I agree! Will be interesting to know what was sold and if this is the end to this (IMHO possible/likely fraud). Wonder if cases could and should be made for “mail fraud” Title 18 U.S.C. 1341 and or “wire fraud” Title 18 U.S.C. 1343, and possible other criminal charges since the coins & medals were, as they even represented at the time, were to be “melted” and no longer sold! If so, hope they are held to account.
Their reputation, IMHO, will/can never be restored as being good or honest!


Why even keep up with sales if they are going to change YEARS LATER!


I’m surprised they didn’t label them with First Day of Issue or Early Releases.

James E Mayes

Very bad practice on the mint’s part. U.S. mint is getting to the point I do not know if buying from them is good idea anymore.

Mark Glass

What’s next? Reissue coins with rare dates on them? Maybe make coins from bio-degradable materials, so you have to keep replacing your ‘rare’ items every 5 years? I get that the US Mint, self-funds and has probably suffered like most places over the past few months. However, this debases everything. Those people that loyally purchased the first time (probably at a massively inflated price), wont be happy to see the market flooded with those ‘rare gems’ now. I was spending $5k-10k a year on items from the Mint. That’s dropped down to $70 this year, (only because I forgot to… Read more »

Chas. Barber

Another reason US Mint items are becoming like Beanie Babie$. I stopped with the mint last year after the awful quality control & shutouts. Do you really NEED that coin,. no, I need food & shelter, coins are a luxury deluxe in today`s world & the mint see’s Nothing, is the new Director Sgt.Schultz?


On the one hand, it’s nice that they aren’t wasting perfectly good coins in an environmentally insensitive way by melting them down. But on the other hand, why does the mint have to contract this out for certifications that can only be bought via selected retailers? Maybe it’s a legal thing, but seems like if there is demand the mint should just sell them in their own channel. Or the mint can just cut out all the guessing, send all their raw output to rating agencies, anything that doesn’t come back as a 70 they would just put in lenses… Read more »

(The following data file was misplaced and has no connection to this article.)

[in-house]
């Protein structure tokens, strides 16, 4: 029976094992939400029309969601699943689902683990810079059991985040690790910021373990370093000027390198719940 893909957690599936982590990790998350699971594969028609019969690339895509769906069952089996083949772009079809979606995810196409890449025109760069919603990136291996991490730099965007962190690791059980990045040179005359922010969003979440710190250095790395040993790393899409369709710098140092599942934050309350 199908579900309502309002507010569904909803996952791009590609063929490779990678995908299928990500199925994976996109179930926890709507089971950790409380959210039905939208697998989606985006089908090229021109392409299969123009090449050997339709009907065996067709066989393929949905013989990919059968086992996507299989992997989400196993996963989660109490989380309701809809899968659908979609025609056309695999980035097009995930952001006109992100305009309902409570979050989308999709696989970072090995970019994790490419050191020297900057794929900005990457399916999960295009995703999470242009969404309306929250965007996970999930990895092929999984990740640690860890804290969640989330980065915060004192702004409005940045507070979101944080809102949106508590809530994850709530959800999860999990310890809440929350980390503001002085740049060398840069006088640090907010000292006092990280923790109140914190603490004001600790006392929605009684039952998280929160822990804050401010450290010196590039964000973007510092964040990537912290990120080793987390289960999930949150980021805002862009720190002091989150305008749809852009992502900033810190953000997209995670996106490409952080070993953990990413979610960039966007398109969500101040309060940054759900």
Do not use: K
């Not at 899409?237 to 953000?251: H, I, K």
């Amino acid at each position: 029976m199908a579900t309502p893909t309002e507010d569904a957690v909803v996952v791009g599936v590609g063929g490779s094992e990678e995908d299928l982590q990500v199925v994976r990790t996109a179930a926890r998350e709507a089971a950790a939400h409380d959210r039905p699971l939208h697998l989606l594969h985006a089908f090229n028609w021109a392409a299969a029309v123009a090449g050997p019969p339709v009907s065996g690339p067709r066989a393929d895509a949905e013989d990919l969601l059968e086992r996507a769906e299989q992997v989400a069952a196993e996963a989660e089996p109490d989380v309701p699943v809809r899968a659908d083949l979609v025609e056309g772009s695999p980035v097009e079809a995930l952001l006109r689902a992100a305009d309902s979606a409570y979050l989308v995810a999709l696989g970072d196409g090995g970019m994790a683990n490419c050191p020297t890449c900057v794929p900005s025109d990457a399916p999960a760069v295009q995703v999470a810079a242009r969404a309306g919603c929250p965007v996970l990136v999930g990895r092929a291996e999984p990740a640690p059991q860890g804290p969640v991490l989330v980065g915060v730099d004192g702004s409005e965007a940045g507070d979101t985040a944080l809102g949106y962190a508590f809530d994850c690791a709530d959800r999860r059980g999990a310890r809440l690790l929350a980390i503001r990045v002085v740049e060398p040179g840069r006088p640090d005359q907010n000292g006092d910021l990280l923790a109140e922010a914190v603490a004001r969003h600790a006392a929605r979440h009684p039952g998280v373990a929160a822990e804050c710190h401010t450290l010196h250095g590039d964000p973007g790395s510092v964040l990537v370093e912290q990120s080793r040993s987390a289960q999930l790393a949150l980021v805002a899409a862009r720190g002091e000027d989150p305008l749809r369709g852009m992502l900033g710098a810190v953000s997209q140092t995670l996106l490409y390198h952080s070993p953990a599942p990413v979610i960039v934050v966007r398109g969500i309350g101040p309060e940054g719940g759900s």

Rodney Moore

NGC seems awfully proud of having graded these and they shouldn’t be, in my opinion. Many people buy coins from the mint and leave them sealed in the box for future sales years or decades later. With the mint pulling a trick like this it will cause problems for those who invested in the coins only to see the market flooded with them years later. It might be that the mint sees a decrease in sales because of things like this (maybe?). Buying from an international mint that doesn’t do things like this is a good idea. As I read… Read more »

Last edited 2 years ago by Rodney Moore
Chris Ross RN,ADN,AASC,CCRC,ONC(ret.) ross

Speaking of NGCs questionable ethics, I recently sent 2 proof Franklin halves for grading and what returned was shocking to not only me but the experts at the local coin shop. I won’t mention them by name but they have a great reputation and regularly attend FUN. One graded of 64 which was easily a 66+ to 67. The other graded of 67 should have been no higher than a 66. 3 of us agreed that the grader either mistakenly switched the 2 or didn’t get enough sleep. Either way, this error in grading is costly, over $400 mistake. I’ve… Read more »

I’m waiting for them to release the 1933 Double Eagle for grading and sale. It should be labelled a “late release”!!!


Where (in what report(s)) can we see these thousands of $ in sales by the mint and what they were/ are?


How do we know if any of the coins are from the 82 tons of fake gold from Kingold of Wuhan just discovered. How are we to know what is real and what isn’t these day? They were able to defraud banks to get billions in loans off this fake gold. I am worried.